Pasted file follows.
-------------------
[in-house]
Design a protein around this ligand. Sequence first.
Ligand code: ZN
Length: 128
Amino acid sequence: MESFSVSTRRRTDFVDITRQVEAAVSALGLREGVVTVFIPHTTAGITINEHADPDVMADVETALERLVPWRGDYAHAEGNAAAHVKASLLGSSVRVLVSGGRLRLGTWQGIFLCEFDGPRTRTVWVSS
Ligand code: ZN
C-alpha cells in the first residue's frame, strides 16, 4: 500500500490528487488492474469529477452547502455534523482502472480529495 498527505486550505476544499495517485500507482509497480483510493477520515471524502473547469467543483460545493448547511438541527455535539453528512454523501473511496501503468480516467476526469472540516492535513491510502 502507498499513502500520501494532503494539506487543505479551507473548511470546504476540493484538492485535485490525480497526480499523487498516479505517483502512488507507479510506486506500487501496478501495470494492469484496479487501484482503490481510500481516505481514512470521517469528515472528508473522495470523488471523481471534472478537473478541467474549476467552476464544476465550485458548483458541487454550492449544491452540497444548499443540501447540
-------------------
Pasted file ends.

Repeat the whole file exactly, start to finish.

[in-house]
Design a protein around this ligand. Sequence first.
Ligand code: ZN
Length: 128
Amino acid sequence: MESFSVSTRRRTDFVDITRQVEAAVSALGLREGVVTVFIPHTTAGITINEHADPDVMADVETALERLVPWRGDYAHAEGNAAAHVKASLLGSSVRVLVSGGRLRLGTWQGIFLCEFDGPRTRTVWVSS
Ligand code: ZN
C-alpha cells in the first residue's frame, strides 16, 4: 500500500490528487488492474469529477452547502455534523482502472480529495 498527505486550505476544499495517485500507482509497480483510493477520515471524502473547469467543483460545493448547511438541527455535539453528512454523501473511496501503468480516467476526469472540516492535513491510502 502507498499513502500520501494532503494539506487543505479551507473548511470546504476540493484538492485535485490525480497526480499523487498516479505517483502512488507507479510506486506500487501496478501495470494492469484496479487501484482503490481510500481516505481514512470521517469528515472528508473522495470523488471523481471534472478537473478541467474549476467552476464544476465550485458548483458541487454550492449544491452540497444548499443540501447540